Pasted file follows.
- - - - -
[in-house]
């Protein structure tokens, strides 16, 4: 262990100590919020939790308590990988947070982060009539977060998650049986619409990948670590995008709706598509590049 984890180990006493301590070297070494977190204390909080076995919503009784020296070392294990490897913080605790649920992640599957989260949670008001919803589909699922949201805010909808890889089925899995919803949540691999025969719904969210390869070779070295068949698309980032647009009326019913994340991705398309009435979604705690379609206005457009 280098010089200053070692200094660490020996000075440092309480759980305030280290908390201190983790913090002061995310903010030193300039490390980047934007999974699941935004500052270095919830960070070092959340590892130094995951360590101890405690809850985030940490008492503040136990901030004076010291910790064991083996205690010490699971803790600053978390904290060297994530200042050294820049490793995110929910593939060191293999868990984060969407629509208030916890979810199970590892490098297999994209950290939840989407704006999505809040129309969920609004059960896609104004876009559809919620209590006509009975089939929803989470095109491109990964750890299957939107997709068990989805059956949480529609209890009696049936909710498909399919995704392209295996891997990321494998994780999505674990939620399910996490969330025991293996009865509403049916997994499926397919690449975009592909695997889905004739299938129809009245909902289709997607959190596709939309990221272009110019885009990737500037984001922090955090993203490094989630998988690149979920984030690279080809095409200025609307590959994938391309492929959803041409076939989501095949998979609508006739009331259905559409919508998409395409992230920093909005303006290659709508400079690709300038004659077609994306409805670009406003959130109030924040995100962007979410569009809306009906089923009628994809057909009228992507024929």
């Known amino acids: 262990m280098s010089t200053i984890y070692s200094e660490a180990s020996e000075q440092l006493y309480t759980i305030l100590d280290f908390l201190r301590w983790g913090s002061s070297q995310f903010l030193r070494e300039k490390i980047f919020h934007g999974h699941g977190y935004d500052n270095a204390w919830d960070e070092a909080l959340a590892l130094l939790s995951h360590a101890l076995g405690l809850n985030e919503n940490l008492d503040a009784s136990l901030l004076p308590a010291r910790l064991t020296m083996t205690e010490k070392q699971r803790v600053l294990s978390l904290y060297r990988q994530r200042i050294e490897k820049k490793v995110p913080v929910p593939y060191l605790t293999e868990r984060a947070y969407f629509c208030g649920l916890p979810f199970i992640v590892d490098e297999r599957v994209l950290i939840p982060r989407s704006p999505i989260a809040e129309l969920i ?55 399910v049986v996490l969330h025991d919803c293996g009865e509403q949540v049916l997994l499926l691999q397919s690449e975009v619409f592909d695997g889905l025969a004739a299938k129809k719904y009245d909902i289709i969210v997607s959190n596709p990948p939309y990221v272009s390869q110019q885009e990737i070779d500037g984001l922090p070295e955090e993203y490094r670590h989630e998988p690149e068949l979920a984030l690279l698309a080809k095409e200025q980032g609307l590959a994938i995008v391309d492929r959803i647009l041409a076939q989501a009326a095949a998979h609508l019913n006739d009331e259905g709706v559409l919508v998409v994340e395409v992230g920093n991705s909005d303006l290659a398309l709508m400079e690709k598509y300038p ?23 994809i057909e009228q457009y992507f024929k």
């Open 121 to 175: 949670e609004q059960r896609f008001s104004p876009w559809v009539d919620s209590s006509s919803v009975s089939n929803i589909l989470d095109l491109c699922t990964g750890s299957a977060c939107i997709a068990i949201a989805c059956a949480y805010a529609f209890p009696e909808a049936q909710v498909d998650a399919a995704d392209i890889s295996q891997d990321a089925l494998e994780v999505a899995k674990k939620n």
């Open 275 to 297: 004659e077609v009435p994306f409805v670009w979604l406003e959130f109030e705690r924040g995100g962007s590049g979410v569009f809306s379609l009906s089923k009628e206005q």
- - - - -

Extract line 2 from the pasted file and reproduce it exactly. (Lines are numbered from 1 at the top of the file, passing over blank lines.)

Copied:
């Protein structure tokens, strides 16, 4: 262990100590919020939790308590990988947070982060009539977060998650049986619409990948670590995008709706598509590049 984890180990006493301590070297070494977190204390909080076995919503009784020296070392294990490897913080605790649920992640599957989260949670008001919803589909699922949201805010909808890889089925899995919803949540691999025969719904969210390869070779070295068949698309980032647009009326019913994340991705398309009435979604705690379609206005457009 280098010089200053070692200094660490020996000075440092309480759980305030280290908390201190983790913090002061995310903010030193300039490390980047934007999974699941935004500052270095919830960070070092959340590892130094995951360590101890405690809850985030940490008492503040136990901030004076010291910790064991083996205690010490699971803790600053978390904290060297994530200042050294820049490793995110929910593939060191293999868990984060969407629509208030916890979810199970590892490098297999994209950290939840989407704006999505809040129309969920609004059960896609104004876009559809919620209590006509009975089939929803989470095109491109990964750890299957939107997709068990989805059956949480529609209890009696049936909710498909399919995704392209295996891997990321494998994780999505674990939620399910996490969330025991293996009865509403049916997994499926397919690449975009592909695997889905004739299938129809009245909902289709997607959190596709939309990221272009110019885009990737500037984001922090955090993203490094989630998988690149979920984030690279080809095409200025609307590959994938391309492929959803041409076939989501095949998979609508006739009331259905559409919508998409395409992230920093909005303006290659709508400079690709300038004659077609994306409805670009406003959130109030924040995100962007979410569009809306009906089923009628994809057909009228992507024929």